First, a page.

“Portion control is half the battle,” Bullard explains. “A dish may have great nutritional value but eating too much of it in one sitting is not wise. Many restaurants today serve meals on over-sized plates our parents and grandparents would have called platters.”
Because many of us have been groomed to finish everything on our plates, Bullard suggests splitting a meal with your partner or tablemate, or even ordering from the section of the menu for kids or seniors. If it’s dinner time, ask if the restaurant will prepare a smaller lunch-sized portion.
Decoding Menu Buzzwords
Look for descriptions as your guideposts in making healthy choices. For example, steamed or poached items are likely smart choices because water and heat are used to cook the item without added butter or other oils. Baked and roasted items, as well as broiled and grilled foods, are good choices. Also look for seared or pan-seared descriptions, and proteins cooked in their own juices. Skip menu items styled as crispy or fried, creamy or scalloped, breaded or battered, buttery or laden with special sauces. Likewise, stay away from gravy or au gratin preparations. And if a menu item is touted as deluxe or super-sized, be sure to split it or take half home for a meal later
Beverage Choice: Friend or Foe
Bullard recommends always being mindful of the beverage you order along with your meal.
“Water is always the best and most economical choice, and it also has an added benefit of filling you up before a meal,” she says. “Unsweetened tea with lemon is another good choice.”
Bullard suggests limiting sweet drink refills, and always remember to count drink calories and other nutrients if you’re tracking calories or nutrients of your meals. If you’re thinking about a glass of wine or cocktail, limit your intake to either one drink or one dessert — not both.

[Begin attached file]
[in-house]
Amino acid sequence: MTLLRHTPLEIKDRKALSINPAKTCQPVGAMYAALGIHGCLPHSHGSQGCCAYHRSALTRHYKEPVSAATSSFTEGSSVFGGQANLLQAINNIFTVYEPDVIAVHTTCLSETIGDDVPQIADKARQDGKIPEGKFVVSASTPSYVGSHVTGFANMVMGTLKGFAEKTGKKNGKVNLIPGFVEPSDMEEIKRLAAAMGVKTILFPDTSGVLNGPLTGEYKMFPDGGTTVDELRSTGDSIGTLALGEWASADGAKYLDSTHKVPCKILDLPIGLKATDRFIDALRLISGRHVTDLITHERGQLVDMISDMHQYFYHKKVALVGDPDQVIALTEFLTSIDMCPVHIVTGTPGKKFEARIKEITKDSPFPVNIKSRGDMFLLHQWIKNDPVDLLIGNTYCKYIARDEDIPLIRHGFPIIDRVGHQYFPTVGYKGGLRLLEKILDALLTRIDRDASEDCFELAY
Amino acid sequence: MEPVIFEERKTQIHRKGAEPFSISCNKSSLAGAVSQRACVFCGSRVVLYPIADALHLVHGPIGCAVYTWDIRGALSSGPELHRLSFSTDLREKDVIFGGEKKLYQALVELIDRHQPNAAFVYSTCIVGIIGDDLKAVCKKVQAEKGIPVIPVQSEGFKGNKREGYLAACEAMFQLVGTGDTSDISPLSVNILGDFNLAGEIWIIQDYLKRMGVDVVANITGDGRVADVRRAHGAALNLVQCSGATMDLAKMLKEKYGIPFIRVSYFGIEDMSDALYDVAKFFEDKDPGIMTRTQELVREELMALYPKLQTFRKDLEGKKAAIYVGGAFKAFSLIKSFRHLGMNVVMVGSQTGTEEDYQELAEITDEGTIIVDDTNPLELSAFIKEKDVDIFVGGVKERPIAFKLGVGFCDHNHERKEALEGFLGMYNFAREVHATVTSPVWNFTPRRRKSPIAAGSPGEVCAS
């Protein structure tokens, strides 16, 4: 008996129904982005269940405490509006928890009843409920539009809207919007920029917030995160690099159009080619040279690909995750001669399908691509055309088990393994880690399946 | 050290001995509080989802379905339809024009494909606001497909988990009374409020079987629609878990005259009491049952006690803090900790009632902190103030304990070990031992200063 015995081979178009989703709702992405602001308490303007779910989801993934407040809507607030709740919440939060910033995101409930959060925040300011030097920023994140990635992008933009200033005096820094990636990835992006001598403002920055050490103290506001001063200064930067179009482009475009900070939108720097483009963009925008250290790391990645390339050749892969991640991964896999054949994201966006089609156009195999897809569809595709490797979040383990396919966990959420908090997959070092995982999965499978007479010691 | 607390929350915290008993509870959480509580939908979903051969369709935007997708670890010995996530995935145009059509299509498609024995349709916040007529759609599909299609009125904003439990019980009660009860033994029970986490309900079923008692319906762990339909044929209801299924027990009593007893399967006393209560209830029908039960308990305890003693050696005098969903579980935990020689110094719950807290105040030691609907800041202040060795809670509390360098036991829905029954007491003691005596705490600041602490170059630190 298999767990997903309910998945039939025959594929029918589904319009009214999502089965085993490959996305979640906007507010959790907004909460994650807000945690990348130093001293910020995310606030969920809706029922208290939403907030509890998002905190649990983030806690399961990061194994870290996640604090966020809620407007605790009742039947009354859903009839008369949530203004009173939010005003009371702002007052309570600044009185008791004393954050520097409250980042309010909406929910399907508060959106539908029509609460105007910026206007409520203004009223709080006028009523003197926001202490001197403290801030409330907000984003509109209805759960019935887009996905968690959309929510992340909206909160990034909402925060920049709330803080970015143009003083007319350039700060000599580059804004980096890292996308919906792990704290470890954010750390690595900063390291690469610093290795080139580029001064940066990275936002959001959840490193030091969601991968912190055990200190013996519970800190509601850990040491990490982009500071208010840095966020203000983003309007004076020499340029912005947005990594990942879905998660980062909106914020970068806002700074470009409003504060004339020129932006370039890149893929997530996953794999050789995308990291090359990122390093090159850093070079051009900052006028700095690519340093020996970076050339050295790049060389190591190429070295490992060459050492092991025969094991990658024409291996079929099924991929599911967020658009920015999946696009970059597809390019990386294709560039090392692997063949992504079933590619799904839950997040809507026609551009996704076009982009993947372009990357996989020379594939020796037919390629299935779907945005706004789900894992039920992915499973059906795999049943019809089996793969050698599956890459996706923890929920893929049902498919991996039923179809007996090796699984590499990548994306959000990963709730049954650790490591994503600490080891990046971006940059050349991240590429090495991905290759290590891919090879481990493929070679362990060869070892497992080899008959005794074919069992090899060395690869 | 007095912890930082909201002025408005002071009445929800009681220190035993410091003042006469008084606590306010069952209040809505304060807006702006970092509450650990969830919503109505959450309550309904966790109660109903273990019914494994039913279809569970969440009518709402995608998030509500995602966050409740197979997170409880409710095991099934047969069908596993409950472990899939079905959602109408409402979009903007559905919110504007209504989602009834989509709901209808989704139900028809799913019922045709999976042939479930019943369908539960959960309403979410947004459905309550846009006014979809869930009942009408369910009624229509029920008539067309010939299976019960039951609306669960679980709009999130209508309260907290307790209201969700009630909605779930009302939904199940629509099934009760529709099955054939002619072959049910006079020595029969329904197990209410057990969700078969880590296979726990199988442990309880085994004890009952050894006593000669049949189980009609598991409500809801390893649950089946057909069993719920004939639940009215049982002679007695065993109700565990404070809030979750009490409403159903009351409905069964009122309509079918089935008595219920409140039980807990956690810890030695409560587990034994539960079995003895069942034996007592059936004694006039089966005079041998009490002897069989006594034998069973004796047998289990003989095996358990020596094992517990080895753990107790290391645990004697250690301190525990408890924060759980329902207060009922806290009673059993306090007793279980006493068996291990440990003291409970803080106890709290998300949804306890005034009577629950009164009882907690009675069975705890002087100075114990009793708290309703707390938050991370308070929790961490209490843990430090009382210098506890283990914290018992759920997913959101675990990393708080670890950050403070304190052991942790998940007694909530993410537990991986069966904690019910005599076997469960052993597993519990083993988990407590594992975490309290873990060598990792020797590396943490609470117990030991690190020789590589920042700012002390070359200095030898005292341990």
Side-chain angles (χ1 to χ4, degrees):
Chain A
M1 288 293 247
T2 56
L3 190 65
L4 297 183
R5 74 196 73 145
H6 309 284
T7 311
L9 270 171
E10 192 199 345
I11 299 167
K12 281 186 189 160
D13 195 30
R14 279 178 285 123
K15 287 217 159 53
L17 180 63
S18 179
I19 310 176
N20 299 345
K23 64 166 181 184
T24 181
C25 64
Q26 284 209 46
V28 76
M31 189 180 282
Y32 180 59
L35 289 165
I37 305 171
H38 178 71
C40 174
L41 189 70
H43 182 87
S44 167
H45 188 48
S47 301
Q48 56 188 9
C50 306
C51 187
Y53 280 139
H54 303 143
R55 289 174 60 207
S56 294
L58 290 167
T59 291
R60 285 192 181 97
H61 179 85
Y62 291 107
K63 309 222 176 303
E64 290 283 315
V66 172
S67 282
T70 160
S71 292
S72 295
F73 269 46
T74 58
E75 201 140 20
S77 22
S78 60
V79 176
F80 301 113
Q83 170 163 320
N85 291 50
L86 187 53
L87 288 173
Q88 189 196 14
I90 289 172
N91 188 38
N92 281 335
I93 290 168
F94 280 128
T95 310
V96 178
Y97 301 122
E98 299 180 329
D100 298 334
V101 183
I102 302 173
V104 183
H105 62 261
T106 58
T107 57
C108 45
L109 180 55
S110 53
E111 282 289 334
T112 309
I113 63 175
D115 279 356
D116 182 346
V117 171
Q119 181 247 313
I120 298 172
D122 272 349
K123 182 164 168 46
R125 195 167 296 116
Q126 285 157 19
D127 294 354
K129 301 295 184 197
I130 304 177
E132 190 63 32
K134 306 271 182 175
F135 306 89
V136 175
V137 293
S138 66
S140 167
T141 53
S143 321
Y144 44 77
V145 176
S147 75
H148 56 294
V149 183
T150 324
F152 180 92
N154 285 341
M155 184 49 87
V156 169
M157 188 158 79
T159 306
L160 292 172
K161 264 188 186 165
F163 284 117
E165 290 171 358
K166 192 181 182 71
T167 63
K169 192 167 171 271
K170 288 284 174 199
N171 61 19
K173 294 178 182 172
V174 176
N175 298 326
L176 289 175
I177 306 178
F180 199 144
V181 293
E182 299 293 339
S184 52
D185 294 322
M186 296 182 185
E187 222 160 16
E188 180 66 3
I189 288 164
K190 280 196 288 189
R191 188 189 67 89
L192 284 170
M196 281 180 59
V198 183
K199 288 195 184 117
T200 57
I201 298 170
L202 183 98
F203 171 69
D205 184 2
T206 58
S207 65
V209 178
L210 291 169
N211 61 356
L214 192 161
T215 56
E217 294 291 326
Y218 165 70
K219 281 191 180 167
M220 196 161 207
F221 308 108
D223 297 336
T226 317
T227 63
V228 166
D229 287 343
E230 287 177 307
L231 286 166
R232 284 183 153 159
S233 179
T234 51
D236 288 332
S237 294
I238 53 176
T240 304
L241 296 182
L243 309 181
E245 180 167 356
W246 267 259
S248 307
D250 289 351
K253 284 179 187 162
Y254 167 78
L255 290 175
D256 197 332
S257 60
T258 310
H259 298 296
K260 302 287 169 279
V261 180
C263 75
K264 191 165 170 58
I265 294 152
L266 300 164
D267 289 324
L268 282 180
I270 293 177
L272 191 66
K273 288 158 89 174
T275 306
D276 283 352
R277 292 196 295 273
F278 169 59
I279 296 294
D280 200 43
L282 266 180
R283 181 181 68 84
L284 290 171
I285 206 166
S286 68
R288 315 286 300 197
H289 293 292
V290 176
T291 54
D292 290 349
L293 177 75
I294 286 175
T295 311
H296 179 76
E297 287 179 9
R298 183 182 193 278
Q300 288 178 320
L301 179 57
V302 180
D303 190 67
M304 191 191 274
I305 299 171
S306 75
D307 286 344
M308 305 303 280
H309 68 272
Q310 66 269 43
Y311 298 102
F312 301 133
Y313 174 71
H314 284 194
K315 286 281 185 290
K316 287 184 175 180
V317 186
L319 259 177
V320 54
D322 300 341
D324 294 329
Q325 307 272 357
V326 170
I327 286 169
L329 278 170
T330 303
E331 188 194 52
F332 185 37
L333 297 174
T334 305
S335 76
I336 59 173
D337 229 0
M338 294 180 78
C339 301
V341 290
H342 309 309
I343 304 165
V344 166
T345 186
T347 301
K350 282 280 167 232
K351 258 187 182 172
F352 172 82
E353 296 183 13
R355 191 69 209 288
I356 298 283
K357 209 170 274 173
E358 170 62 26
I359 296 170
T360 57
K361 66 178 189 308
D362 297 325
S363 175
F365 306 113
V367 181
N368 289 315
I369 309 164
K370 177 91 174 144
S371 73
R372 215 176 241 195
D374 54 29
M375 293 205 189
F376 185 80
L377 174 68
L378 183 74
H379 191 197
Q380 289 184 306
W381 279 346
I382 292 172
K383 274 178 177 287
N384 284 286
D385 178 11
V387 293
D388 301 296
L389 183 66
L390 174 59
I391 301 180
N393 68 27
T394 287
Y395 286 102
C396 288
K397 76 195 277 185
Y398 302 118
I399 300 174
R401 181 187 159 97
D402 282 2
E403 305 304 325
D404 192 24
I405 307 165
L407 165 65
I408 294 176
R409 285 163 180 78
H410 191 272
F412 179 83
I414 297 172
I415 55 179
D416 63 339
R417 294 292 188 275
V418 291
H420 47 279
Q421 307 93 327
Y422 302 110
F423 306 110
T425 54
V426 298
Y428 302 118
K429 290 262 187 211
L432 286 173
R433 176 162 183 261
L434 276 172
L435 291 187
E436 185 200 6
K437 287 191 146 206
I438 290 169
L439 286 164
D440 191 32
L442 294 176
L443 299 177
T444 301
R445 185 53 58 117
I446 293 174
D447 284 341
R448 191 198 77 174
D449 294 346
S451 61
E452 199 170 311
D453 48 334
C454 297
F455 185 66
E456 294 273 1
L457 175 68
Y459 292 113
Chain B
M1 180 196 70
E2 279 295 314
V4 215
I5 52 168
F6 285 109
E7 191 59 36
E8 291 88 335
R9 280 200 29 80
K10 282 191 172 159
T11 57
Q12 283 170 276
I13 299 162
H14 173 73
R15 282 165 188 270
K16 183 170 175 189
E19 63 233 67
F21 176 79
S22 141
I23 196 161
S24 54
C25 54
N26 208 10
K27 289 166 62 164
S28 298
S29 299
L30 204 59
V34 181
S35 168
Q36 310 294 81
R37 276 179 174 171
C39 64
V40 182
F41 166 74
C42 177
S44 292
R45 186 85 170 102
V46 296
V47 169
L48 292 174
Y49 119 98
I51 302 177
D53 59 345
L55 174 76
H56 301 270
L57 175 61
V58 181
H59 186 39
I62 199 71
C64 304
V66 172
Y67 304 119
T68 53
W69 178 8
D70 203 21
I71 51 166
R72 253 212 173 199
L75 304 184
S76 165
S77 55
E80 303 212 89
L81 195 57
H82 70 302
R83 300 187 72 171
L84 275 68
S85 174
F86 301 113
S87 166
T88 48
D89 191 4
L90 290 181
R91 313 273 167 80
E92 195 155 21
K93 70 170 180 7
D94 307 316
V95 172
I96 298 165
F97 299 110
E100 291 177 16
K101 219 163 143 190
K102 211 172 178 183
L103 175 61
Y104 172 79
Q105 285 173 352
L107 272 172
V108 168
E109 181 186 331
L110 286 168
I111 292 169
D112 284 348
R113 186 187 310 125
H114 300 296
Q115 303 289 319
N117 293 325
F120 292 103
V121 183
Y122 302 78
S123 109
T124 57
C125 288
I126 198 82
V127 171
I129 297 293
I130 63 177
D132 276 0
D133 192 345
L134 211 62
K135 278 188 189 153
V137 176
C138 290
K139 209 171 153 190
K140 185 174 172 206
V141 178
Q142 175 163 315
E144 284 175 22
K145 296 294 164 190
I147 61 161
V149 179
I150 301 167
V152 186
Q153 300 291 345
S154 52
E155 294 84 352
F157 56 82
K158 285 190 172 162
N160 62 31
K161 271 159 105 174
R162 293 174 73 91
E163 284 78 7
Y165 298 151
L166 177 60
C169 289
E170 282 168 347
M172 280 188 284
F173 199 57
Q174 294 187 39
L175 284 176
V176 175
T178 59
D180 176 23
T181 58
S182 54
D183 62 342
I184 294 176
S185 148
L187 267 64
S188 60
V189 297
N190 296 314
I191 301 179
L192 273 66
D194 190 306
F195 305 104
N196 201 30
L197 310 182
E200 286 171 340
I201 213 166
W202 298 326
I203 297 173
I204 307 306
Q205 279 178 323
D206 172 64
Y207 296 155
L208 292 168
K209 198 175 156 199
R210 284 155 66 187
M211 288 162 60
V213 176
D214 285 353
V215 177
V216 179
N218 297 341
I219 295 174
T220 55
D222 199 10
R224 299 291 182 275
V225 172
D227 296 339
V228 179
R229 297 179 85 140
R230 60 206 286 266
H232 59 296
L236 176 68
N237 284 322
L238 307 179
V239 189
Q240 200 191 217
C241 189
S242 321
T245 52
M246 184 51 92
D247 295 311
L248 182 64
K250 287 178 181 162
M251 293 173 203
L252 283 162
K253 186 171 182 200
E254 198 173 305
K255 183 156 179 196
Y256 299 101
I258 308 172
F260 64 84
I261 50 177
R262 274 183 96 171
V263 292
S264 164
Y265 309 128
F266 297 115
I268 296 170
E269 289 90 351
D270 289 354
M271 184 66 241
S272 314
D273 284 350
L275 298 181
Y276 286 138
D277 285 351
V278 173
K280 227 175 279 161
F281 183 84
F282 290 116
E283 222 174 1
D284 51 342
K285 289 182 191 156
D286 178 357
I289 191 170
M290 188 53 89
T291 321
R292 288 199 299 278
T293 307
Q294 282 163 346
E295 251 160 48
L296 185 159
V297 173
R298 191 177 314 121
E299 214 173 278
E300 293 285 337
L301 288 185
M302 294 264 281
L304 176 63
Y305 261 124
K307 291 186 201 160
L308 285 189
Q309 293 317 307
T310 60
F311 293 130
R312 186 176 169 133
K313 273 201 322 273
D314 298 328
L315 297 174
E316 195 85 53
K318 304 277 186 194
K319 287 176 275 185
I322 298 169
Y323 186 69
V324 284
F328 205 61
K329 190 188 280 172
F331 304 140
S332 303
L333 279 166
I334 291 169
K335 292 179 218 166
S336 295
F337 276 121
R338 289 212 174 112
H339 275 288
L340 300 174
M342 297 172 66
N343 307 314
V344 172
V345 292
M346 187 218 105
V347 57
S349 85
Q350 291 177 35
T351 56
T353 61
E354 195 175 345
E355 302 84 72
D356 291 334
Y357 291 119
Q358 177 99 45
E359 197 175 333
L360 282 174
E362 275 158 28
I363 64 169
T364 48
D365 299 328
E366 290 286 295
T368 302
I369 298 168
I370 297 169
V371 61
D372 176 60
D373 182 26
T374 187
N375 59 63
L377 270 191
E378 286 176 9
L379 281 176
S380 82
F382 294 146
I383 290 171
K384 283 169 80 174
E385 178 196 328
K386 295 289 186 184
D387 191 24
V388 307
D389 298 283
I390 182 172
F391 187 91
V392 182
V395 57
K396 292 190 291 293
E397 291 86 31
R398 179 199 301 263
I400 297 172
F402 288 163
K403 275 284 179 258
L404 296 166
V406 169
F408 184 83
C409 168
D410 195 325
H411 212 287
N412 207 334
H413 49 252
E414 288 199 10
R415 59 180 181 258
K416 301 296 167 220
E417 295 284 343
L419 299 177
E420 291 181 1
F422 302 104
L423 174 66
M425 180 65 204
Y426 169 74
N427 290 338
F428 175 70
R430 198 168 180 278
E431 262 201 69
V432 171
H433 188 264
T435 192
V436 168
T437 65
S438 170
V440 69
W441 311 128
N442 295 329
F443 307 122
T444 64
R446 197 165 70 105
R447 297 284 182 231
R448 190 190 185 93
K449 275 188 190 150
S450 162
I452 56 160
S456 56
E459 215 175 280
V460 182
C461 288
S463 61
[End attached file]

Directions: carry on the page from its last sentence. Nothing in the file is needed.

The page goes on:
Foods on the Go
Let’s face it. Fast food often is an easy choice for diners on a budget and in a hurry. Remember not all fast food is created equally and there are better choices like choosing a salad with grilled or lean meats. If a sandwich is the best option, order one loaded with tomatoes, peppers and other veggies. Skip the fries and swap them out for a side salad or fruit. You’ll be glad you did!
We couldn’t complete our session with Bullard without asking her advice on many North Texans’ favorite restaurant craving — Tex-Mex. Thankfully, she didn’t rule it out entirely but did make a few recommendations to steer us toward better options. Portion control is key here — especially when it comes to tortilla chips and guacamole. Healthier choices include soup and grilled fajitas with extra veggies, as well as black beans (not refried), ceviche and grilled fish tacos.
One last tip: slow down and enjoy your dining experience. Remember that it takes 20 minutes for your brain to let your stomach know that it’s full. So take time between bites for conversation with your dining companions. You’ll be healthier as a result.
Are you curious about your own nutritional requirements? Check out the Texas Health Resources Wellness Tools, including this nutritional needs calculator, and follow this link if you’d like more information about the FDA’s new nutritional regulations.